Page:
A sincere tale of late-in-life love. The book, first published in 2011, was a best-seller in the U.K.
The year Jeanie turns 60 marks a decade since her reliable but controlling husband, George, started sleeping in a separate room and refused to tell her why. Adrift in a marriage that is now more comfortable routine than partnership, she focuses instead on the health foods store she owns, outings with her frank friend Rita and play dates with her granddaughter Ellie, whom she takes to the park on Thursdays. It’s there that Jeanie and Ellie meet Ray and his grandson Dylan. While the kids play, the adults feel an immediate connection, unlike what Jeanie has felt before. Soon, they are sharing life stories—each including the heartbreaking loss of a loved one—and enjoying a clandestine, burgeoning romance. When her husband decides, against Jeanie’s firm protestations, that they will move to a house in the country and that she should retire and sell her store, the choice, to readers, will seem obvious. But how can Jeanie end 32 years of mostly happy marriage? Who would care for George? And though her daughter, Chanty, is no more supportive of Jeanie’s desire to keep living and working in the city, Jeanie is loath to disrupt Chanty’s (and Ellie’s) life with such a thing as divorce. Even Rita, who initially encourages a full-fledged affair, citing the improvement in Jeanie’s life since meeting Ray, cautions her against abandoning a stable marriage. When none of these prove reason enough to ignore potential happiness with Ray, a revelation takes the decision out of Jeanie’s hands, at least for a while. A subplot involving Chanty and her surly artist husband is the least subtle of the obstacles facing Jeanie and Ray, but it adds good dramatic spice and satisfyingly prolongs the outcome. Boyd’s delicate rendering of Jeanie’s interior grounds the novel, and readers will root for her to finally get her own.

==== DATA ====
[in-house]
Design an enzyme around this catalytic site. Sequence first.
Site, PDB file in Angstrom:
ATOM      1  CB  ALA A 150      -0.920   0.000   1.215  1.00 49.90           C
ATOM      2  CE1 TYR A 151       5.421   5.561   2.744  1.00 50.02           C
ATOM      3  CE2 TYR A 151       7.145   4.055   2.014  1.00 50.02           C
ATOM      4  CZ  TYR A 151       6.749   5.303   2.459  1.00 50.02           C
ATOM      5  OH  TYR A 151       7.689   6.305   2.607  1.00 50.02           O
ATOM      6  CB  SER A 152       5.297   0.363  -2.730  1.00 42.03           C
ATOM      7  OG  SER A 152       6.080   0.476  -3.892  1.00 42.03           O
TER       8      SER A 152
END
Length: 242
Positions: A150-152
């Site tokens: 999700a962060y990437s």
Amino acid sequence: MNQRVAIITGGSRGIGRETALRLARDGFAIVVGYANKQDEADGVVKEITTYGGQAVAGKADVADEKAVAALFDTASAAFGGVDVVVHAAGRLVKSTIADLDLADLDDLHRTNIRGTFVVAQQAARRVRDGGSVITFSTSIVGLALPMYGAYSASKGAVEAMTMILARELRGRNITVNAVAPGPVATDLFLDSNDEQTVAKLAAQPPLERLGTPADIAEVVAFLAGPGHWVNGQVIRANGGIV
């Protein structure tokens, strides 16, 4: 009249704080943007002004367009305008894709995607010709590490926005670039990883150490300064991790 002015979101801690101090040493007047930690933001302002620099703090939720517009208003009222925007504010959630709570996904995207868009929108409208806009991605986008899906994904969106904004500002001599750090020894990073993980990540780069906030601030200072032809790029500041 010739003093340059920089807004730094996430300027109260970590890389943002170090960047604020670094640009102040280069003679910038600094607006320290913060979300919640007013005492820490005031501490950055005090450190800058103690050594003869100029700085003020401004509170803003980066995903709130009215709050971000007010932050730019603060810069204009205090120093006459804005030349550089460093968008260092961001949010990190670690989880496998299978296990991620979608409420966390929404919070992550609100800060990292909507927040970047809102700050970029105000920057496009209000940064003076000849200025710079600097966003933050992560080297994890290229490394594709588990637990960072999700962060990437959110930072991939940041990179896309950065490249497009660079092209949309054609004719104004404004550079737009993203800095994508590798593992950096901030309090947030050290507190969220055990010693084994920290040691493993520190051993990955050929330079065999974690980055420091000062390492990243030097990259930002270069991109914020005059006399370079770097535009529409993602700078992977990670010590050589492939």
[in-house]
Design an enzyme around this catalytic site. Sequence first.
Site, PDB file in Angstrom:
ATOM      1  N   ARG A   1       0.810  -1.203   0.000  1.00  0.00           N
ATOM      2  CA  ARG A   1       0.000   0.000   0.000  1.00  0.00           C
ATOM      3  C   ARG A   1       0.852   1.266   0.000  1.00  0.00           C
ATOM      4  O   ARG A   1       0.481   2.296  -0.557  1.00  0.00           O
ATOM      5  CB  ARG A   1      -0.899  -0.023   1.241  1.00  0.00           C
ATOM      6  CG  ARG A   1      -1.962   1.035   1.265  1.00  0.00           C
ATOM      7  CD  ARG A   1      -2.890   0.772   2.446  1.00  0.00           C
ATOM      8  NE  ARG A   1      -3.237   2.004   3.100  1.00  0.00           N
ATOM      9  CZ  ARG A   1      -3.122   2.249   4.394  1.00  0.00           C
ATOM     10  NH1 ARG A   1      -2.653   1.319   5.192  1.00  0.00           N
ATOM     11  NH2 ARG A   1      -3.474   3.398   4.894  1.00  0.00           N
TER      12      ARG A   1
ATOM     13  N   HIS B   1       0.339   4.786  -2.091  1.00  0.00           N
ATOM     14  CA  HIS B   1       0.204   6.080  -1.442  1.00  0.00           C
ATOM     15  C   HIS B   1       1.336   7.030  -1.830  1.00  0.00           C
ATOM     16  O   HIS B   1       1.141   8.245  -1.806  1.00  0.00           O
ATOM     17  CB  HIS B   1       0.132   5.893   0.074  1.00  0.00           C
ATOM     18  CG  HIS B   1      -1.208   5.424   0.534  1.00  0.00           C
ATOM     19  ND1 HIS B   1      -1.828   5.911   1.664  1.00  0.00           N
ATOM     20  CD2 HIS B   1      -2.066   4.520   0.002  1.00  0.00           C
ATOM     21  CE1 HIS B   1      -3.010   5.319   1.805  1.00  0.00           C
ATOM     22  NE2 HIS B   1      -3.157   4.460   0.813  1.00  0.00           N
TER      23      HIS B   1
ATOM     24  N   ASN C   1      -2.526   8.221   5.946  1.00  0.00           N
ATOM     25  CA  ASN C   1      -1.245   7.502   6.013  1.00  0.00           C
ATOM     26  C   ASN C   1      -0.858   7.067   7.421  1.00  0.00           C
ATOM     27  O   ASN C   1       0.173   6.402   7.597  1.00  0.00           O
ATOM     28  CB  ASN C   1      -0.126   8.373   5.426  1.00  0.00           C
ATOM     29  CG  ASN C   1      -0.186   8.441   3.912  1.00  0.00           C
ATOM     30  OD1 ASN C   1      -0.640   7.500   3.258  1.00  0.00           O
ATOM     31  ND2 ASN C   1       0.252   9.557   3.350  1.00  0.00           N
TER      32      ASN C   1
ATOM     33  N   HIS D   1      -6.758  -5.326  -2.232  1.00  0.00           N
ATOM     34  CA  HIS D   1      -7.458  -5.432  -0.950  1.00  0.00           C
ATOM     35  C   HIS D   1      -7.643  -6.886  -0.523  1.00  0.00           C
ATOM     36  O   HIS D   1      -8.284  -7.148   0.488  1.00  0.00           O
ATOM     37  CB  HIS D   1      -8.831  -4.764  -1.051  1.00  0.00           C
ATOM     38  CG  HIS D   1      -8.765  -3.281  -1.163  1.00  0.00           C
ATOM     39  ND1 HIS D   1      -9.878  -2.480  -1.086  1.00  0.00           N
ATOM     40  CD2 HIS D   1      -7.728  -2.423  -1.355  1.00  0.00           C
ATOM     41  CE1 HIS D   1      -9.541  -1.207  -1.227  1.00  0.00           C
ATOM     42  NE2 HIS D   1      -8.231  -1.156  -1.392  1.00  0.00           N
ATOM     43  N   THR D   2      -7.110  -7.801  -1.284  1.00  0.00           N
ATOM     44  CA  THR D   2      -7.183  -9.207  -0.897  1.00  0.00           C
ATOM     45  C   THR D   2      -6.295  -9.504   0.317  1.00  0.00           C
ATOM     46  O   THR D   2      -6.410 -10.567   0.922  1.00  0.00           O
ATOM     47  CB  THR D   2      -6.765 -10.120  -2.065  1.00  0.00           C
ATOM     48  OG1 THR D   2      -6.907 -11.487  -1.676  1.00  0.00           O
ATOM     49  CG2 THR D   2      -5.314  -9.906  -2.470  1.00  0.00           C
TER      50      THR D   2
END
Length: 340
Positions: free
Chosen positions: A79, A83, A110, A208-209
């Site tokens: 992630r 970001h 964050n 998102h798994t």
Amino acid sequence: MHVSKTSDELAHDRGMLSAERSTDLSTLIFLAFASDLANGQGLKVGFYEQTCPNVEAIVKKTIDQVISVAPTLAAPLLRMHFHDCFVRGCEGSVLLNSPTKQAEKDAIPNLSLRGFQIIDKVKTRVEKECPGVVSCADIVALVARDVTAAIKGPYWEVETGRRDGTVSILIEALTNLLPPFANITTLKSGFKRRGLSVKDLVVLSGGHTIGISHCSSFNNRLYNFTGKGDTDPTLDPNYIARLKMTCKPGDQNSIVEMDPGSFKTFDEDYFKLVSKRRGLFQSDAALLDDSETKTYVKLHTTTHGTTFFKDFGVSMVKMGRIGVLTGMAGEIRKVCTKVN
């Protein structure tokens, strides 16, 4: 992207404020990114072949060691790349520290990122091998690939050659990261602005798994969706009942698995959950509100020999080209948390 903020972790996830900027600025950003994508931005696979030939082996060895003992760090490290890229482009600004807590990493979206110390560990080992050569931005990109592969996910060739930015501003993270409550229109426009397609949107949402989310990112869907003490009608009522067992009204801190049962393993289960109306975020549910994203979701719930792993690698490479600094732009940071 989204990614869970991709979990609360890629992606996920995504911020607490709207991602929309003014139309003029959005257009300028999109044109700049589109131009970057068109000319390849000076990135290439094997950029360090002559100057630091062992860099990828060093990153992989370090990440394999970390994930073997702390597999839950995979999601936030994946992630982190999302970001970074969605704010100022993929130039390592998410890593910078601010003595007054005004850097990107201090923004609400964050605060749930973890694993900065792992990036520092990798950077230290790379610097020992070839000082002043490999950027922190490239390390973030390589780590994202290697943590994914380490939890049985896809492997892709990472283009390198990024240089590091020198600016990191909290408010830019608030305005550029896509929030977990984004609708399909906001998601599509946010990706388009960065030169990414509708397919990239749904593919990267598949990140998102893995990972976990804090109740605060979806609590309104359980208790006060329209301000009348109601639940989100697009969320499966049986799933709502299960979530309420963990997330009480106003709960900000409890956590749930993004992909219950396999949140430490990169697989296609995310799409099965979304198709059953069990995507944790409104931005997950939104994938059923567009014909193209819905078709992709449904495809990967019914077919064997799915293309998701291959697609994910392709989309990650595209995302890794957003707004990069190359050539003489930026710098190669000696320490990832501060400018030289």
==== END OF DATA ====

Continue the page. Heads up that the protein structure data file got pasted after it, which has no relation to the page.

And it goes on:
A poignant love story featuring refreshing characters in their 60s.